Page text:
Before I launch into the thick of my argument, I would like to first make it clear that I do not doubt Ricky Gervais’ genius as a screenwriter and comedy actor. In fact, I am a big fan of Gervais and his fantastic body of work. You may disagree with what I am about to discuss, but it’s just my two cents on one of the most hyped Netflix series’ in recent years.
When After Life first hit Netflix back in March 2019, I was just as excited as any other Gervais fan. After seeing some of the trailer footage, I could tell that it was likely to follow a similar formula to that pulled off to perfection in Derek earlier in the decade. In Derek, Gervais showed off his skills as an emotional chemist; one moment he’ll have you laughing at some of David Earl’s absurd antics, the next you’ll be wiping away tears or feeling the warmth of Derek’s simple, yet poignant messages about the deeper meaning of life.
In the first series of After Life, I was satisfied and felt that Gervais had brought his talents to yet another interesting concept and written a tear-jerking, meaningful and hilarious narrative across the six episodes. Like a lot of people, I watched all six in one sitting on a lazy Sunday afternoon and was left craving more.
After waiting just over a year to catch up with Tony Johnson and the other protagonists, I was excited to see where the plot would be taken next. Toward the end of the first series, Tony had seemingly overcome his suicidal urges and was beginning to see some worth in the world outside of his previous life, married to his beloved wife, Kerry, who had sadly succumbed to cancer. For the follow-up, I was hoping to see some significant developments in Tony’s attitude toward life and perhaps a build in momentum with his relationship with Emma (played by Ashley Jensen).
Instead, the beginning of series two seemed to have reset the score, and the narrative seemed to follow a largely similar trajectory to the first series. Tony had reverted to his cycle of self-pity, which became a little grating toward the close of the series. That said, the introduction of some new characters and some hilarious moments made the series enjoyable. Still, I do recall feeling somewhat less fulfilled with the meta-plot as little ground seemed to have been covered over the series.
Later on, in 2020, I was happy to hear that a third series was under production after completing the second series. I felt that this was why very little ground had been covered in the second series. Perhaps the satisfying conclusion was just being postponed to squeeze in a few further episodes. I had initially expected there to be only two series in total. Gervais had, until After Life, always stuck to a rule of two series’ for all of his comedy series.
Now, my real issue with After Life came in 2021 with the third series. The third instalment again brought very little new to the table, and the gently irritating aspects of the previous series’ began to rise to a less ignorable level. Where the moping self-pity and heartstring-tugging flashbacks had been necessary during the first series to communicate Tony’s situation, it now became jarring, like a broken record. Once again, very little ground was covered, and the ending wasn’t in the least bit satisfying.
In the closing scene, Tony and his dog walk off into the distance and eventually vanish. Was this supposed to demonstrate that life goes on and that not all endings in life are satisfactory, so why should the series be any different? Whatever the intention of the conclusion, it could have been conducted more effectively and definitely should have come much earlier.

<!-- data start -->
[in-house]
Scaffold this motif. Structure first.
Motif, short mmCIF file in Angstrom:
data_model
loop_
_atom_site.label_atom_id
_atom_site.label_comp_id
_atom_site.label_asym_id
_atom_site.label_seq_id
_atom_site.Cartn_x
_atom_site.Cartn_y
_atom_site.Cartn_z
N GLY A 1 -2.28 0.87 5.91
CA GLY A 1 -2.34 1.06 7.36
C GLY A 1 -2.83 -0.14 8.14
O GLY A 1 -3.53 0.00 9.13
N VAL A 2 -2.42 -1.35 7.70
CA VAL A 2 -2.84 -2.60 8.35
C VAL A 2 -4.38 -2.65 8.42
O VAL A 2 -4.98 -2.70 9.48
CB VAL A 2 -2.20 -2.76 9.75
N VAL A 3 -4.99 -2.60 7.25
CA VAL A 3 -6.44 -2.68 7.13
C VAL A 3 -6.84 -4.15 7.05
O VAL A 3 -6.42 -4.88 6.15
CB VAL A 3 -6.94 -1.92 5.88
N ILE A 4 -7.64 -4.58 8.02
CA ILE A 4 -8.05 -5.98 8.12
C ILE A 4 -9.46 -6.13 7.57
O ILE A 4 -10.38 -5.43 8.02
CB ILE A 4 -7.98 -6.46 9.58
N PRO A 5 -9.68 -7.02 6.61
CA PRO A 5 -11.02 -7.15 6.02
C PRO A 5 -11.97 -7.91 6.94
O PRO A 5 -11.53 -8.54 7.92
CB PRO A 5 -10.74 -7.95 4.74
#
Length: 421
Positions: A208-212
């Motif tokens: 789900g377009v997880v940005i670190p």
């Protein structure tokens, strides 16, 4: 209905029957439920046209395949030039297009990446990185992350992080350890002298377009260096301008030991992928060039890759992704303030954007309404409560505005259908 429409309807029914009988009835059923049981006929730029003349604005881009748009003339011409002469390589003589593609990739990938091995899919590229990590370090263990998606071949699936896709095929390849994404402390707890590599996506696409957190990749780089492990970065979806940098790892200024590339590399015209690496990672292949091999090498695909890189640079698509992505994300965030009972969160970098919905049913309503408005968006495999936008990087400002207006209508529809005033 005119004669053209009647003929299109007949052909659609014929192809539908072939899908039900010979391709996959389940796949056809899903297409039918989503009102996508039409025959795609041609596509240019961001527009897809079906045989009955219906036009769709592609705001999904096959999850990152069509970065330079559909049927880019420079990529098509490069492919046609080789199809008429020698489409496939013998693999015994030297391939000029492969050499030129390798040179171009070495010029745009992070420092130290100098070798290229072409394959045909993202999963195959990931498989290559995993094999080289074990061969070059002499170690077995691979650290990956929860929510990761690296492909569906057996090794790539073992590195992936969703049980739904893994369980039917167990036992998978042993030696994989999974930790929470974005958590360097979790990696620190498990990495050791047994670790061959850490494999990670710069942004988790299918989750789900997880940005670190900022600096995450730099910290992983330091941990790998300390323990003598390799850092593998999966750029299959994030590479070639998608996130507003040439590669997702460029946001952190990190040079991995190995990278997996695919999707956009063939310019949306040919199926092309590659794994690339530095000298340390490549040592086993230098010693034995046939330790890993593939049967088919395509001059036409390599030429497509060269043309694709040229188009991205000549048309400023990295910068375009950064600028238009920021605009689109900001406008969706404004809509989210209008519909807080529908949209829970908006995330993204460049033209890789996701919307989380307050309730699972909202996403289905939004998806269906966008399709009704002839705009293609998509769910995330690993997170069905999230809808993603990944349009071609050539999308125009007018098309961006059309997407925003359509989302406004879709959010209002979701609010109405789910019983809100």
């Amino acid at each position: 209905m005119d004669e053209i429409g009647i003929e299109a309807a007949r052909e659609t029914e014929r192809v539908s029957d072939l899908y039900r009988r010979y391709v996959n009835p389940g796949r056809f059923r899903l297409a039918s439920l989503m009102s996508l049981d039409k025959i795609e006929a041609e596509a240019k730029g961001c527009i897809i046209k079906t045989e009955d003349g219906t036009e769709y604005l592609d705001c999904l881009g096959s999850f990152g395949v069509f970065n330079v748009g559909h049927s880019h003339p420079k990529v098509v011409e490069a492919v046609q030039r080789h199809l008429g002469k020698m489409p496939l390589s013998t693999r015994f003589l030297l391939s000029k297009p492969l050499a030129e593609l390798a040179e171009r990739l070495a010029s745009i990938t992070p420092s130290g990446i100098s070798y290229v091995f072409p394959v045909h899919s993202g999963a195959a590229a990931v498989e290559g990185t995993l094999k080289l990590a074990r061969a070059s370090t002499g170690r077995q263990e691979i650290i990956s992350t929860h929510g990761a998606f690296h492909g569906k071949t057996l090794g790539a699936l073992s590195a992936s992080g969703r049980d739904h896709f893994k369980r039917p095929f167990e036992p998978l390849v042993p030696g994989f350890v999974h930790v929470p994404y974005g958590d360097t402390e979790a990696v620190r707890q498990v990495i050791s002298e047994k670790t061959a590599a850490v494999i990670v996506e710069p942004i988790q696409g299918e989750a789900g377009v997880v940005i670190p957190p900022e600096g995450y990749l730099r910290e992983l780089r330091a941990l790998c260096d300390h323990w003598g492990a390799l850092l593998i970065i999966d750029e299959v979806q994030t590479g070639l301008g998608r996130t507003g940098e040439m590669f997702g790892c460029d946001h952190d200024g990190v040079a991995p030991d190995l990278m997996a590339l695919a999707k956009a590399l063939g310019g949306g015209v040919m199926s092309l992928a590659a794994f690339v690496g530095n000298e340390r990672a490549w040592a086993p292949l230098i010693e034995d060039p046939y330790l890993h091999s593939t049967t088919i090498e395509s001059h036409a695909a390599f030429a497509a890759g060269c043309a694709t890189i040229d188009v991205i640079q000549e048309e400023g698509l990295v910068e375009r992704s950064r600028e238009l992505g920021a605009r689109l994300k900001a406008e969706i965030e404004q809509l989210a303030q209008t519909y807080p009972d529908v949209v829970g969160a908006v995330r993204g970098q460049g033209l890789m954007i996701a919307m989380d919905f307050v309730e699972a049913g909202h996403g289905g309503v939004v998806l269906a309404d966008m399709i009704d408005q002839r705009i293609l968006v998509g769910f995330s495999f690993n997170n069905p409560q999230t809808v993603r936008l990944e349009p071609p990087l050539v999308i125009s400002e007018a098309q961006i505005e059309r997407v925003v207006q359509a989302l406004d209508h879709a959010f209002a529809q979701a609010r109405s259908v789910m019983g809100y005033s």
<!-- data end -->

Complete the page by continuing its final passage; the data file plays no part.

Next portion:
So, when exactly should the series have ended and how? Well, in my opinion, Gervais shouldn’t have discarded his two series rule; it never let him down before and would have done a world of good for After Life – artistically, of course, not commercially. With a limit of two series’ to play with, the second series should have developed the main narrative more with an increased focus on Tony’s relationship with Emma.
One of the greatest aspects of the show was Tony’s realisation that there was worth in his life. Throughout the first and second series, he managed to have a profound impact, bettering the lives of those around him. This should have been the primary focus in the second series within the context of his relationship with Emma. While it would be difficult for Tony to move on romantically following his wife’s death, it would have been good to see him begin to entertain the prospect of a new relationship and bring the benefits of his companionship to Emma’s life.
As Gervais has done with some of his previous productions, he could have ended the series with an extended Christmas special episode in place of the third series. This could have been used to bring a satisfactory conclusion to the story. Perhaps a closing scene with some of Tony’s newfound friends accompanying him for Christmas dinner to show that he could manage relative happiness once again.
The story would have had a great arc had it begun in Tony’s despair and ended in a newfound familial comfort. Unfortunately, it began with his thoughts of worthlessness and depression and ended in disconcerting ambiguity.
After Life was still among the better shows on modern television, bringing laughter in abundance and some eternally essential life lessons. It has made me very happy to see a wider audience exposed to Gervais’ previous work through the exposure that Netflix gave to After Life. Through After Life’s popularity, new audiences have been introduced to Derek, a wholly underrated show that has experienced a much deserved second wind of late. I just hope people who enjoyed After Life take the time to appreciate Gervais’ previous, superior work. Next time, I hope Gervais sticks to his tried and tested two series rule.